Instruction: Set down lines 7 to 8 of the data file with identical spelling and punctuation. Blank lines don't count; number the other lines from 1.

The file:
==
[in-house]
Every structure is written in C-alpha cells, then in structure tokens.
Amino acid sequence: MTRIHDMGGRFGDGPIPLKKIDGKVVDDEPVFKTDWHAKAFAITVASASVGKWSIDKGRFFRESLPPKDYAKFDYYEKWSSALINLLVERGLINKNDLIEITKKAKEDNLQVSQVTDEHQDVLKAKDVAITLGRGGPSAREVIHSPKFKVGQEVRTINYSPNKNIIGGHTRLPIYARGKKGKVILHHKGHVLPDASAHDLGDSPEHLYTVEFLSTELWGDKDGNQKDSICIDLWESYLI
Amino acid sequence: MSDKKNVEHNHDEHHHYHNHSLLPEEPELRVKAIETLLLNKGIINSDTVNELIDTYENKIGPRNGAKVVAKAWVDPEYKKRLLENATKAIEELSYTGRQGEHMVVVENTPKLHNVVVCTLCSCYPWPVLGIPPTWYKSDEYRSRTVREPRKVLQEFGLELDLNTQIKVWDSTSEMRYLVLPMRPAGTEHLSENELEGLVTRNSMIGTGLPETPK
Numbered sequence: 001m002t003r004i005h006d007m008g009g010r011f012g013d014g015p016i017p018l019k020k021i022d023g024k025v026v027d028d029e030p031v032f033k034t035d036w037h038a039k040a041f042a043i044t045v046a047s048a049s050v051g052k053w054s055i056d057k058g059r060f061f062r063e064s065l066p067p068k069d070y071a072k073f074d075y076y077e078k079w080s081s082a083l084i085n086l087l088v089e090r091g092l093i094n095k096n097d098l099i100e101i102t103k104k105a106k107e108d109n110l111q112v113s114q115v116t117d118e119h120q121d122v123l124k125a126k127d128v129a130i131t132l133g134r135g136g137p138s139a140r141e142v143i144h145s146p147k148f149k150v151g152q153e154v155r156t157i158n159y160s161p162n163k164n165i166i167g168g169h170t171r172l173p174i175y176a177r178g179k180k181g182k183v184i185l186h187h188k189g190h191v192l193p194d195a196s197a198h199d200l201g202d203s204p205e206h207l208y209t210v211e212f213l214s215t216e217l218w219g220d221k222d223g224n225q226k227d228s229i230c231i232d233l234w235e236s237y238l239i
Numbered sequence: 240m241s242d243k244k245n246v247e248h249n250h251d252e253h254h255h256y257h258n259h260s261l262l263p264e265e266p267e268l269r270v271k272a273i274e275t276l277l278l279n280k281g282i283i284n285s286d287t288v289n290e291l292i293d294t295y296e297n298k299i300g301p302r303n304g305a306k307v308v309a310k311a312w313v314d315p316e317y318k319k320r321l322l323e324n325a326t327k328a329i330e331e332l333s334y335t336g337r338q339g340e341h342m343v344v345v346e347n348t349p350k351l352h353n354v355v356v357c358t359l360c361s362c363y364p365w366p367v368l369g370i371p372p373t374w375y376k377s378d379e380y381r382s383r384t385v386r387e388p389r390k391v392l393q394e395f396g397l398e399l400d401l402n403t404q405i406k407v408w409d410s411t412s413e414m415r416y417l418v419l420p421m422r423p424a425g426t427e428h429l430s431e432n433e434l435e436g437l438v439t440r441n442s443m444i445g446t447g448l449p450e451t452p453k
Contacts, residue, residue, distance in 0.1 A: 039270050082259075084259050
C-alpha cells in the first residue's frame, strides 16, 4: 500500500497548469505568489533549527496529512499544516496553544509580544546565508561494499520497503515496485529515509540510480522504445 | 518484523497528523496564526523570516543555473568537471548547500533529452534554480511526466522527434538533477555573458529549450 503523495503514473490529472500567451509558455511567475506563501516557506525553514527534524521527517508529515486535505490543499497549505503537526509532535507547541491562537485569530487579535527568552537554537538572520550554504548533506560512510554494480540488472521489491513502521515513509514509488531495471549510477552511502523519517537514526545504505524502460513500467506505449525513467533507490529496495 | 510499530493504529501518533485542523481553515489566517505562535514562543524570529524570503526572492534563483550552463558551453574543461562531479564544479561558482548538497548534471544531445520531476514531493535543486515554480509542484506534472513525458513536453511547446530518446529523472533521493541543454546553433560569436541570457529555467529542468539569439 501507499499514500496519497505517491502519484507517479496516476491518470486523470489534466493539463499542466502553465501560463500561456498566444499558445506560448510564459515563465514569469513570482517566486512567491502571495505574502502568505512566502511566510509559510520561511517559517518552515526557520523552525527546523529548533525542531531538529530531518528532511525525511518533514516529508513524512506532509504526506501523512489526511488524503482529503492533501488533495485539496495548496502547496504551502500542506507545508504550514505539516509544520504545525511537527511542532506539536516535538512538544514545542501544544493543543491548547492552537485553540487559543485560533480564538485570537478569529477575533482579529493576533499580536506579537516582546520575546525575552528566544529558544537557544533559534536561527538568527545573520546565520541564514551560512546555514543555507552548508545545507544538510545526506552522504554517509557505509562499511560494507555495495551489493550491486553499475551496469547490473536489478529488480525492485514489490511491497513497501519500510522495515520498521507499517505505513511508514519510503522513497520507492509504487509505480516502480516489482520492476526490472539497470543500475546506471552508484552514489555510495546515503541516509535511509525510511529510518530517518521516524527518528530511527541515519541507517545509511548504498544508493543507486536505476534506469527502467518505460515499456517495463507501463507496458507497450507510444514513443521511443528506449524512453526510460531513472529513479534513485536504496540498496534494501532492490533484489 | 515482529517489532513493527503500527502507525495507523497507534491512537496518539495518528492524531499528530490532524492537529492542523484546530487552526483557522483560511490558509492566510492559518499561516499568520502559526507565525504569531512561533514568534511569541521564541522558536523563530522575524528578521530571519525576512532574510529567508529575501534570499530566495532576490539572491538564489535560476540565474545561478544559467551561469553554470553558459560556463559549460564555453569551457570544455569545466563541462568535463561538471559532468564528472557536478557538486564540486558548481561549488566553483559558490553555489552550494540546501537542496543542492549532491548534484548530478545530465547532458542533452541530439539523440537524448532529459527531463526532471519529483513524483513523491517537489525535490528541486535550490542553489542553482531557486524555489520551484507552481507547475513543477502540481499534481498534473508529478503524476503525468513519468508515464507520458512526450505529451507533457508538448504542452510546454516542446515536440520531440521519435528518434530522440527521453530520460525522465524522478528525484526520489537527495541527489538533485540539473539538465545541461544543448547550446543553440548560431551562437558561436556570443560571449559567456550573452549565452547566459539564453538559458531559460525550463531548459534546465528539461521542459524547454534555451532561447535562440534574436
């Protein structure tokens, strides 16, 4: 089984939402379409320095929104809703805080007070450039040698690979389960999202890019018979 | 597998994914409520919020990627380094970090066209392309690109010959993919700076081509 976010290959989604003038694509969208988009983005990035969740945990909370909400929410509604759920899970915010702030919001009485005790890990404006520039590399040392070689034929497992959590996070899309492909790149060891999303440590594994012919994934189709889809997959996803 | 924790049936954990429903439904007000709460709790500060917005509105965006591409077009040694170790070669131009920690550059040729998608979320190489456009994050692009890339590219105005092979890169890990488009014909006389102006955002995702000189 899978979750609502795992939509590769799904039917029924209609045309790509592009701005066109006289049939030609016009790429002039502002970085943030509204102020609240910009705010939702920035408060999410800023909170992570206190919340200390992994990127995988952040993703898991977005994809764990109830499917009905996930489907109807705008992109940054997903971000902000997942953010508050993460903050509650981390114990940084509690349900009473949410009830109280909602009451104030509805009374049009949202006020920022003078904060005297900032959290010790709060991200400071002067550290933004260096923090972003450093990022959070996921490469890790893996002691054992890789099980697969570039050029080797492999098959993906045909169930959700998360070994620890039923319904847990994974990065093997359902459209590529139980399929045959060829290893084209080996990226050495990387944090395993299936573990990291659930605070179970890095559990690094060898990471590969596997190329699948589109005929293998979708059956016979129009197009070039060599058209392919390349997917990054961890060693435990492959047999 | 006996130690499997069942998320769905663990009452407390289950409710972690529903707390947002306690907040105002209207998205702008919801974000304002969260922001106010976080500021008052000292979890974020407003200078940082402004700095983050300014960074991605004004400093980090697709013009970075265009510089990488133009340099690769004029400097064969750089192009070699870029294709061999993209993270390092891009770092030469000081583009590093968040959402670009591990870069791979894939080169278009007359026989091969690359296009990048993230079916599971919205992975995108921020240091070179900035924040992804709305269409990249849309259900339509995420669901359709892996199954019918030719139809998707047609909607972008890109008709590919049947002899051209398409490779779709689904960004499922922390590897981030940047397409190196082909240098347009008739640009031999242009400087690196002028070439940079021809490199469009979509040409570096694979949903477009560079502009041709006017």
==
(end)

Contacts, residue, residue, distance in 0.1 A: 039270050082259075084259050
C-alpha cells in the first residue's frame, strides 16, 4: 500500500497548469505568489533549527496529512499544516496553544509580544546565508561494499520497503515496485529515509540510480522504445 | 518484523497528523496564526523570516543555473568537471548547500533529452534554480511526466522527434538533477555573458529549450 503523495503514473490529472500567451509558455511567475506563501516557506525553514527534524521527517508529515486535505490543499497549505503537526509532535507547541491562537485569530487579535527568552537554537538572520550554504548533506560512510554494480540488472521489491513502521515513509514509488531495471549510477552511502523519517537514526545504505524502460513500467506505449525513467533507490529496495 | 510499530493504529501518533485542523481553515489566517505562535514562543524570529524570503526572492534563483550552463558551453574543461562531479564544479561558482548538497548534471544531445520531476514531493535543486515554480509542484506534472513525458513536453511547446530518446529523472533521493541543454546553433560569436541570457529555467529542468539569439 501507499499514500496519497505517491502519484507517479496516476491518470486523470489534466493539463499542466502553465501560463500561456498566444499558445506560448510564459515563465514569469513570482517566486512567491502571495505574502502568505512566502511566510509559510520561511517559517518552515526557520523552525527546523529548533525542531531538529530531518528532511525525511518533514516529508513524512506532509504526506501523512489526511488524503482529503492533501488533495485539496495548496502547496504551502500542506507545508504550514505539516509544520504545525511537527511542532506539536516535538512538544514545542501544544493543543491548547492552537485553540487559543485560533480564538485570537478569529477575533482579529493576533499580536506579537516582546520575546525575552528566544529558544537557544533559534536561527538568527545573520546565520541564514551560512546555514543555507552548508545545507544538510545526506552522504554517509557505509562499511560494507555495495551489493550491486553499475551496469547490473536489478529488480525492485514489490511491497513497501519500510522495515520498521507499517505505513511508514519510503522513497520507492509504487509505480516502480516489482520492476526490472539497470543500475546506471552508484552514489555510495546515503541516509535511509525510511529510518530517518521516524527518528530511527541515519541507517545509511548504498544508493543507486536505476534506469527502467518505460515499456517495463507501463507496458507497450507510444514513443521511443528506449524512453526510460531513472529513479534513485536504496540498496534494501532492490533484489 | 515482529517489532513493527503500527502507525495507523497507534491512537496518539495518528492524531499528530490532524492537529492542523484546530487552526483557522483560511490558509492566510492559518499561516499568520502559526507565525504569531512561533514568534511569541521564541522558536523563530522575524528578521530571519525576512532574510529567508529575501534570499530566495532576490539572491538564489535560476540565474545561478544559467551561469553554470553558459560556463559549460564555453569551457570544455569545466563541462568535463561538471559532468564528472557536478557538486564540486558548481561549488566553483559558490553555489552550494540546501537542496543542492549532491548534484548530478545530465547532458542533452541530439539523440537524448532529459527531463526532471519529483513524483513523491517537489525535490528541486535550490542553489542553482531557486524555489520551484507552481507547475513543477502540481499534481498534473508529478503524476503525468513519468508515464507520458512526450505529451507533457508538448504542452510546454516542446515536440520531440521519435528518434530522440527521453530520460525522465524522478528525484526520489537527495541527489538533485540539473539538465545541461544543448547550446543553440548560431551562437558561436556570443560571449559567456550573452549565452547566459539564453538559458531559460525550463531548459534546465528539461521542459524547454534555451532561447535562440534574436